By Rabbi Ruth Abusch-Magder
I was planning on a night out, not a night of inspiration. It turned out to be both.
Only 6 years old, the Atlanta BeltLine Lantern Parade is an outgrowth of the BeltLine project. Both are innovations that were barely imaginable before they came into being but have already become fixtures of our community. I did not want to miss out.
In their podcast series, “Judaism Unbound,” Dan Liebenson and Lex Rofes are exploring how we might reimagine what we already know about Jewish life, culture and institutions to create new, compelling ways of being Jewish. They are interviewing Jewish leaders and thinkers for inspiration.
But that night as we walked the BeltLine with thousands of others, many of whom were just as new to this tradition as I was, I realized that the Lantern Parade offers us a model for Jewish life as well.
Innovations take imagination and an ability to see beyond what is already present and accepted. In envisioning the BeltLine Lantern Parade, Chantelle Rytter drew on her experience living in New Orleans and a vision for community in Atlanta. The first year, only a few hundred people came; this year, there were estimated to be over 60,000.
Many elements have come together to make this a successful happening.
By design, participation is open. Atlantans of all ages, genders, races and ethnicities take part — a possibility enabled by the combination of a low barrier to participation and a variety of modes for getting involved.
Some come to watch for five minutes, while others camp out with picnics. Anyone with a lantern can march, again for as long or as short as they like.
There are people who take the parade very seriously and spend much time and effort on getting prepped. Others just bring glow sticks. No matter the investment, all marchers are equally involved.
Like many, we went with friends, which not only meant that we had someone to show us the ropes, but also that we had time to catch up and hang out.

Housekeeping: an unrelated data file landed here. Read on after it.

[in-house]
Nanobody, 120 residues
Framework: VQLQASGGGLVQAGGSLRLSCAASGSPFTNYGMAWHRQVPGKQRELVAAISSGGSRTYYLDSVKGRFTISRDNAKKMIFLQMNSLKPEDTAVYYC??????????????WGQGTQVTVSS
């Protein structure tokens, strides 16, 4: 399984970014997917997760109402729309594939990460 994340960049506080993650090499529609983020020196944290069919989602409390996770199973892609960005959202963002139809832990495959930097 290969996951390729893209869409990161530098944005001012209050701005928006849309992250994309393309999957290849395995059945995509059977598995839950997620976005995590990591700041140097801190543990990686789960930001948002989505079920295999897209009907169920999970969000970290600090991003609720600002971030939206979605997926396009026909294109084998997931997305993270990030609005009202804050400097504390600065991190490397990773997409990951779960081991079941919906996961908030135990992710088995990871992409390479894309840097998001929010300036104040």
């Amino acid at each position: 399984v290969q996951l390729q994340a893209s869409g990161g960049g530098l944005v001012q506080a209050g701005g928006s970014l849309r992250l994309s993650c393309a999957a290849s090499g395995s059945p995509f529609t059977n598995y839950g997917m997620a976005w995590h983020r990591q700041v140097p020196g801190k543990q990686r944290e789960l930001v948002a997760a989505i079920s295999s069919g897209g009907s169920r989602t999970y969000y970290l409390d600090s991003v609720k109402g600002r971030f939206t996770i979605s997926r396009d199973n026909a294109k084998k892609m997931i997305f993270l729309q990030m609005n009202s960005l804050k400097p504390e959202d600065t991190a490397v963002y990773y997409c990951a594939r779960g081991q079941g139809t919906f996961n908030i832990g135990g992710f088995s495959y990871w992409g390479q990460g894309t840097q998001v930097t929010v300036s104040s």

In the organized Jewish world we often talk in vague terms about how to engage the unaffiliated. Access is essential. The barriers to entrance and participation cannot be too high or complex.
As one well versed in Judaism, I am well aware that a deep understanding of Jewish text and Hebrew can be real assets to enjoying Jewish life. But let’s face it: If that is what it takes to be involved or be “a good Jew,” the future will be quite dim.
Providing many modes for participation while not expecting everyone to have the same level of commitment or engagement is another takeaway. Sure, there are some for whom paying for tickets, fasting and praying all day really work, but that takes a certain level of commitment and dedication that not everyone is willing to make.
What would happen if we created new forms that allowed for different levels and methods of participation?
The Lantern Parade on the surface looks like a one-off, a simple evening of fun. But in truth, behind it lies the BeltLine and a whole infrastructure that supports the success of the event.
We need not see innovation as at odds with the established institutions of the Jewish community, but instead as complimentary with the potential to move us all forward.
The most essential ingredient? Fun. The Lantern Parade is a good time.
The framework of obligation is fundamental to Judaism, but it is no longer compelling in and of itself for the majority of Jews. Judaism, however, has much to offer in terms of fun and even more so in terms of meaning.
If we are open to new forms of expression and engagement, the historic content and ancient wisdom of Judaism have the potential to be relevant and useful for generations to come. It may not look the same, as Liebenson and Rofes argue, but Judaism will endure.
Innovations will not always work, and they will not be without their faults and limitations. But they have the potential to engage and strengthen community and connection.